Buxton 17 Mannerians 26
Bakewell triumph in epic local derby
Buxton 1st XV 17pts Mannerians 1st XV 26pts
This game had all the potential to be a classic local derby: Buxton, strong at home and known for a powerful pack, Bakewell, bottom of the table but capable of beating anyone on their day and fielding a changed but classy back line. Add to that a Sunnyfields pitch in better condition than anyone could remember, and a swirling wind, and the stage was set for a gripping encounter.
It didn’t disappoint, and the early minutes saw Buxton, possibly just a smidgen overconfident, throwing everything into trying to batter through the Mannerian midfield. They were thwarted at every term by terrier-like tackling, led by skipper John Everitt, aided and abetted by Andrew Gregory-Campeau, Ben Clarke, Will Brocklehurst and the burly Chris Taylor in the forwards, with Will Moroney marshalling a cast-iron back line. Finding no way through, the home side began to make errors upon which Mannerians pounced. Ben Finney and Tom Hutchinson made for a lively centre pairing, always pressing and making searing breaks, and they found plenty of support in the shape of Jimmy O’Neill and the mazy running Ollie Crampton.
The home side opened the scoring with a well-struck penalty, and seemed to think that would break Mannerian resolve. It didn’t, and within seconds, despite the loss of Finney to a head injury, the visitors carved up the opposition. Everitt scampered up the field before finding the impish Seb Cooke who launched a classic backs move. Moroney moved play wide, Hutchinson added pace, Joe Pearce swept round from the left wing to the right to work the archetypal two-on-one – and while Pearce could have scored, he drew his man and put Dan Barratt in for a try in the corner.
Undeterred, Buxton stuck to their game plan of forward drives through their athletic, powerful pack. Mannerians took a more imaginative approach, with Moroney playing an astute kicking game, pinning Buxton back and then using relentless pressure to force errors. But it was very evenly balanced, and Buxton responded with a try after a rare loose Bakewell pass to take the lead on the 20-minute mark. Not wanting the ageless Paul Boon to remain the oldest on the park as he celebrated his 45th birthday with an accomplished display, Coach Ben Wade sent on Martin Pearce to increase the average age and weight and with strict instructions to be kind to the referee.
There were signs that the home pack was becoming tired and frustrated, and soon Mannerians were scything up the field again. A series of dynamic driving mauls from lineouts saw Buxton only just hold out at half time, with Mannerians in the ascendency. Barratt nearly added a second try as he was tackled crossing the line; the referee thinking long and hard about whether the ball was grounded, then deciding it probably hadn’t been as Barratt attempted to touch it down again. The resulting scrum saw Mannerians pile on the pressure, Buxton scramble the ball clear – but only as far as Barratt, who ploughed over to score. Moroney added the conversion. The home side struck back with a converted try of their own, and then the Bakewell pack returned to the offensive. A pinpoint lineout throw by Taylor led to yet another driving maul and Buxton had no answer. The pace and precsion with which Mannerians controlled the drive was irresistible and it was skipper Everitt who came up clutching the ball. Again Moroney converted, as the visitors crept into a two point lead with ten minutes to go. Coach Wade called for the Spirit of Rolls-Royce – the famous day before Christmas when the Mannerian defence was simply impregnable in the Derby fog. And tackle after tackle went in. Replacement Joe Harker put his body on the line time and again, as on the touchline his father, Steve, was itching to join the fray and even momentarily took off his replacement’s quilted dressing gown. George Smith capped a splendid personal display in attack with a ferocious display in defence – and the pack was immovable.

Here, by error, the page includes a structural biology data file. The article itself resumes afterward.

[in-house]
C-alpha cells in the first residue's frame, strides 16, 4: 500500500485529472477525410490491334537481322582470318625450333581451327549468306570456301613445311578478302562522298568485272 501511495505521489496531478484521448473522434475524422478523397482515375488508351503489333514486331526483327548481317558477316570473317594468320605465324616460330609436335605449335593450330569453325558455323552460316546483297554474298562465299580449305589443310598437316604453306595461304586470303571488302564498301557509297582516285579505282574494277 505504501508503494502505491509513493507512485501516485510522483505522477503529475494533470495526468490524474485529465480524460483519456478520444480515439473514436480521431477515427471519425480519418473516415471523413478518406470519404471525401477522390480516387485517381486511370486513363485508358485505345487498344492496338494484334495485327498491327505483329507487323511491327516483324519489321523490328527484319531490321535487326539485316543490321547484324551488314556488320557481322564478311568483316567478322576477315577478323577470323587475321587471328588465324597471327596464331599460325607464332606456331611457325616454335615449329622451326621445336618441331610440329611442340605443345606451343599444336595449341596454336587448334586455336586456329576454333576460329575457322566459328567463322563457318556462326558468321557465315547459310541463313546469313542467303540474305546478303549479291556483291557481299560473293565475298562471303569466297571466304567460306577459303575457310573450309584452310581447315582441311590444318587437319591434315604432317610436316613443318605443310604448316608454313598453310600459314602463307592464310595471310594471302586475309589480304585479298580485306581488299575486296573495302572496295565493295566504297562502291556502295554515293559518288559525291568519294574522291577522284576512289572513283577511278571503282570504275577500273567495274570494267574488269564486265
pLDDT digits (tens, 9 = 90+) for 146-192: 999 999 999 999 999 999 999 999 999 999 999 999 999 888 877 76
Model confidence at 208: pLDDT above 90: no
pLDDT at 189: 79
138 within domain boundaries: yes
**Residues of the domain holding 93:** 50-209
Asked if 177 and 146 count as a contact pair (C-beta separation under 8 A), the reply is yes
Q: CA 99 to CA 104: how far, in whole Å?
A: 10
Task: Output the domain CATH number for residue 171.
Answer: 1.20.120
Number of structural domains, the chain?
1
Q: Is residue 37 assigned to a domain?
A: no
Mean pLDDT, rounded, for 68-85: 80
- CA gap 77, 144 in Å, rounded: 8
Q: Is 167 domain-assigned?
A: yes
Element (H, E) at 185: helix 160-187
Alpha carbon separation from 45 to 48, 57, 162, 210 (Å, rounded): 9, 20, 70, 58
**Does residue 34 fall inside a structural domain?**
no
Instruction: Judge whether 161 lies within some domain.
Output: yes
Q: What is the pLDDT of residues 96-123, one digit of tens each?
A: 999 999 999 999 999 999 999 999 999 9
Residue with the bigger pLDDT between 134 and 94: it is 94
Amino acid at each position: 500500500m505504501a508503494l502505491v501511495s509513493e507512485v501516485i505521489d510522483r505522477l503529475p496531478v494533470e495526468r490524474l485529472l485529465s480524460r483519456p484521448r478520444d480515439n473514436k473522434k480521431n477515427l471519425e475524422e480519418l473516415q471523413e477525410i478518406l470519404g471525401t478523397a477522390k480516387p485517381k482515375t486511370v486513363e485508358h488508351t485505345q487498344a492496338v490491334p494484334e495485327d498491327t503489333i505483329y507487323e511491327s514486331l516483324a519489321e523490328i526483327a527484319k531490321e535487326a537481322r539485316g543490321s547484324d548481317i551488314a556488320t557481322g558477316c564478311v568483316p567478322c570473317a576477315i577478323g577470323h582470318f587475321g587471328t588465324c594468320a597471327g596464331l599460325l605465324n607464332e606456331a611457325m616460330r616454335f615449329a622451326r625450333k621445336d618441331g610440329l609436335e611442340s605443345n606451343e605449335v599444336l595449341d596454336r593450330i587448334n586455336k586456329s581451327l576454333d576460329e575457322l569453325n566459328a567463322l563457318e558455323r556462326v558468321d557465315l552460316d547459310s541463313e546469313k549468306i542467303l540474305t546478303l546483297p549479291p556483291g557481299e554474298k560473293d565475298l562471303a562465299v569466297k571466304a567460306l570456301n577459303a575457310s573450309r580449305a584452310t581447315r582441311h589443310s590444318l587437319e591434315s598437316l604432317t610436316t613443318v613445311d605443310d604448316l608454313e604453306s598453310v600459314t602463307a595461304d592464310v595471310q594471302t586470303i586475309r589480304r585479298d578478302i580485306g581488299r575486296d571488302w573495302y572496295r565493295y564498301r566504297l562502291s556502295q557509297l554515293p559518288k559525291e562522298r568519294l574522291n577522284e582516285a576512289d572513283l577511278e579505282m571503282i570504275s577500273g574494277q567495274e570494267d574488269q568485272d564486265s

Unlike at Rolls-Royce, though, Mannerians were defending further and further up the park, and eventually forced Buxton into errors. The ball broke loose, Cooke and Moroney combined, Smith arrived at pace and again Joe Pearce and Barratt worked a two-on-one. Pearce popped the ball out beautifully, got clattered for his trouble dislodging a few teeth in the process, and Barratt scorched in under the posts for his hat-trick try. Moroney’s conversion was the final nail for Buxton, and they were chasing the game in the dying minutes. It was a chase they were destined to lose – and a well-deserved victory for Bakewell Mannerians that lifts them out of the relegation zone.
President Jim Hollingworth savoured the moment with his predecessor and old second row partner, Denzil Bowyer. “The only thing that could have improved that was if you and I had made a comeback”, said Hollingworth, settling into a Marston's Pedigree at the Church in Chelmorton. Bowyer retorted that his time was better spent passing on his knowledge of wing play. “I’ve reset Dan’s tracking,” he enthused, “and now he’s realised that heading in to play rather than in to touch is more likely to score tries. Like I used to do. I’ve taught him everything I know.”
Team: Smith; Pearce J, Finney (Harker J, 17), Hutchinson, Barratt; Moroney, Cooke; Crampton (Pearce M, 21), O’Neill, Taylor, Boon, Clarke, Everitt (c), Gregory-Campeau, Brocklehurst
Replacement- Harker S
Tries: Barratt (3), Everitt
Cons: Moroney (3)